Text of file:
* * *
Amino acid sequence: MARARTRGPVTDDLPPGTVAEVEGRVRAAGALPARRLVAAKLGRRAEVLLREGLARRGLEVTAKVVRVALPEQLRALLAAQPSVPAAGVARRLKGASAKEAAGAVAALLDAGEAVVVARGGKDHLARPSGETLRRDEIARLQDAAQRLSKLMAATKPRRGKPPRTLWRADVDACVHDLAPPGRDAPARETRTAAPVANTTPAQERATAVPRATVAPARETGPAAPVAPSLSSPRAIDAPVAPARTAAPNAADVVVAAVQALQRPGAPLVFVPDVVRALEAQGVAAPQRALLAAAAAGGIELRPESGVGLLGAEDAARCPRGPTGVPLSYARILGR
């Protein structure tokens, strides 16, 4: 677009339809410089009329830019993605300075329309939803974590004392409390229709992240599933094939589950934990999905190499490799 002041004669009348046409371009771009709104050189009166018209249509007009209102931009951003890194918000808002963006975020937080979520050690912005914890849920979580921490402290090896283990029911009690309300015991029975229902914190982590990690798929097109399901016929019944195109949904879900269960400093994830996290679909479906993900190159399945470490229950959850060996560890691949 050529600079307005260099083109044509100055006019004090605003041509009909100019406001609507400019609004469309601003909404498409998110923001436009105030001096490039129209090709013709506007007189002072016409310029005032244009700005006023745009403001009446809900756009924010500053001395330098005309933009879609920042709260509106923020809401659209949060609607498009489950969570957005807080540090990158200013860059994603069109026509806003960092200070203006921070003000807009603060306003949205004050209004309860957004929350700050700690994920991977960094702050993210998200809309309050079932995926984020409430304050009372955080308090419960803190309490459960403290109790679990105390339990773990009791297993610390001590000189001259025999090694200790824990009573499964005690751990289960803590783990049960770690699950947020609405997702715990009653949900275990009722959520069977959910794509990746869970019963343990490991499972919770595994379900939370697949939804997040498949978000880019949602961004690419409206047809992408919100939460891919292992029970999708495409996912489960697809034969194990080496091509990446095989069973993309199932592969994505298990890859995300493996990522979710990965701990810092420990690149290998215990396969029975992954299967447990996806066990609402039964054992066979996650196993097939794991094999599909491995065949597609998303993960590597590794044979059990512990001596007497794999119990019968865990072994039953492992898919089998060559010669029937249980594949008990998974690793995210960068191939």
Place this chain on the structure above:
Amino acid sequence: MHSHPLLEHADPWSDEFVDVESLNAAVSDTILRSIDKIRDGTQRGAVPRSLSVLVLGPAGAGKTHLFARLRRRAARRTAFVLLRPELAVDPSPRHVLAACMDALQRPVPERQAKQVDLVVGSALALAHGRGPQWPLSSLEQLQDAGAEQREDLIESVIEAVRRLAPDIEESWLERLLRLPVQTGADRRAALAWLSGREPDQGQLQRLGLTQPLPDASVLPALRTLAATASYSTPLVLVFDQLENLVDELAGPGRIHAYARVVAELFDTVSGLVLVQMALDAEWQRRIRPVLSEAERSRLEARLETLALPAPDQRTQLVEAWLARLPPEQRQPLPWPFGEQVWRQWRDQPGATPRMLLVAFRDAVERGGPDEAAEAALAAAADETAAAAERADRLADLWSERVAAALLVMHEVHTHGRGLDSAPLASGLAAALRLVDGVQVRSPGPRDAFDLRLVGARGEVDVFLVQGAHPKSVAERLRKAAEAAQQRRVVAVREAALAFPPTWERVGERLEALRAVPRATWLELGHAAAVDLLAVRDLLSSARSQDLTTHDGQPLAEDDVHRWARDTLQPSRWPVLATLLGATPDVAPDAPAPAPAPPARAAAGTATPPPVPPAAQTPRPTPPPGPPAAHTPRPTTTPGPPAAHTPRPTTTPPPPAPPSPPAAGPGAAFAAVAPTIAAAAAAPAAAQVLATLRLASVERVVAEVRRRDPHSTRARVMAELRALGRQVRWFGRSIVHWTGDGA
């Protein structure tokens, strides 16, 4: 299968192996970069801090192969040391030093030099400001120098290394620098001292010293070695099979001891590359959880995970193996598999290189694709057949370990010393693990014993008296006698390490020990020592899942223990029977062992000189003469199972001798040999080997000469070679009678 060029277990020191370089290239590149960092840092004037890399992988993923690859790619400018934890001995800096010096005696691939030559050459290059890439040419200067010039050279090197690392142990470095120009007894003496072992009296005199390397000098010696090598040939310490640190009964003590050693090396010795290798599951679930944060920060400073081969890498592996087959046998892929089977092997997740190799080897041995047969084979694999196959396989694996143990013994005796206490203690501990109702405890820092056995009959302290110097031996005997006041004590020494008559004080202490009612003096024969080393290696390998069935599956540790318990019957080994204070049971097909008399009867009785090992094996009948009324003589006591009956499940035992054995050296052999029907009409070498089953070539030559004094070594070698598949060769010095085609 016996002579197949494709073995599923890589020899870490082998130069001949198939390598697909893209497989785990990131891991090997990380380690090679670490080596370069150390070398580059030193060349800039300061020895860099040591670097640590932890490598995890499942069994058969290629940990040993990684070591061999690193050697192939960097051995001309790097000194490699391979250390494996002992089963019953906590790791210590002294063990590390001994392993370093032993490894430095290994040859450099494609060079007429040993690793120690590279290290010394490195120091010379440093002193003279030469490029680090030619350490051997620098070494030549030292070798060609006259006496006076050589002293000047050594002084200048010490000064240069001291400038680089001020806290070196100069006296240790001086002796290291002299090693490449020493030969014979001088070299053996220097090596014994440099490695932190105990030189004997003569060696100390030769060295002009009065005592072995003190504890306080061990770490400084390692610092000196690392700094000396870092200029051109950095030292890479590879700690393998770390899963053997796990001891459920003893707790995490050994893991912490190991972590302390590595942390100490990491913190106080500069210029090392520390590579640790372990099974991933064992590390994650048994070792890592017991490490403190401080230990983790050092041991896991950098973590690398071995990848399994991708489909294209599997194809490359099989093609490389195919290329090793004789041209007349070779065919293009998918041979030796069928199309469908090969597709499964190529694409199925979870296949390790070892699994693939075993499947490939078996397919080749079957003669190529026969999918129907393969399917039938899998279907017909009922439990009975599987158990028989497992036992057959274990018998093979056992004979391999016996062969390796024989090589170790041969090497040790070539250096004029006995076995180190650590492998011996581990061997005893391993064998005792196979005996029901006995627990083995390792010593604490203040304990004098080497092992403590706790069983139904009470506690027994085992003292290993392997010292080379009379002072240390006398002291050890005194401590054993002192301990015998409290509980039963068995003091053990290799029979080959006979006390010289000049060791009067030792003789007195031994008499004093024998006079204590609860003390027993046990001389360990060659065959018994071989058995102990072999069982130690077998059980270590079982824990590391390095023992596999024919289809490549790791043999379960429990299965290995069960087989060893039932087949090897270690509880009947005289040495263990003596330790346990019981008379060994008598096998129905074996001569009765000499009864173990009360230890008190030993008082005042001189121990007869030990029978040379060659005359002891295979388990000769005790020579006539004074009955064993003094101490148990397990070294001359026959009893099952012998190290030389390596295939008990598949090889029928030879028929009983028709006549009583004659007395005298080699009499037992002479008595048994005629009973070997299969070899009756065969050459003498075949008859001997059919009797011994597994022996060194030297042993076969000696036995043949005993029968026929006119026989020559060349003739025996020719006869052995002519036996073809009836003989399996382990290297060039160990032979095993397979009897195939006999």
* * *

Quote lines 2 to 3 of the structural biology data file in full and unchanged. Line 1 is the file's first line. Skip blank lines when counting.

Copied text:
């Protein structure tokens, strides 16, 4: 677009339809410089009329830019993605300075329309939803974590004392409390229709992240599933094939589950934990999905190499490799 002041004669009348046409371009771009709104050189009166018209249509007009209102931009951003890194918000808002963006975020937080979520050690912005914890849920979580921490402290090896283990029911009690309300015991029975229902914190982590990690798929097109399901016929019944195109949904879900269960400093994830996290679909479906993900190159399945470490229950959850060996560890691949 050529600079307005260099083109044509100055006019004090605003041509009909100019406001609507400019609004469309601003909404498409998110923001436009105030001096490039129209090709013709506007007189002072016409310029005032244009700005006023745009403001009446809900756009924010500053001395330098005309933009879609920042709260509106923020809401659209949060609607498009489950969570957005807080540090990158200013860059994603069109026509806003960092200070203006921070003000807009603060306003949205004050209004309860957004929350700050700690994920991977960094702050993210998200809309309050079932995926984020409430304050009372955080308090419960803190309490459960403290109790679990105390339990773990009791297993610390001590000189001259025999090694200790824990009573499964005690751990289960803590783990049960770690699950947020609405997702715990009653949900275990009722959520069977959910794509990746869970019963343990490991499972919770595994379900939370697949939804997040498949978000880019949602961004690419409206047809992408919100939460891919292992029970999708495409996912489960697809034969194990080496091509990446095989069973993309199932592969994505298990890859995300493996990522979710990965701990810092420990690149290998215990396969029975992954299967447990996806066990609402039964054992066979996650196993097939794991094999599909491995065949597609998303993960590597590794044979059990512990001596007497794999119990019968865990072994039953492992898919089998060559010669029937249980594949008990998974690793995210960068191939």
Place this chain on the structure above: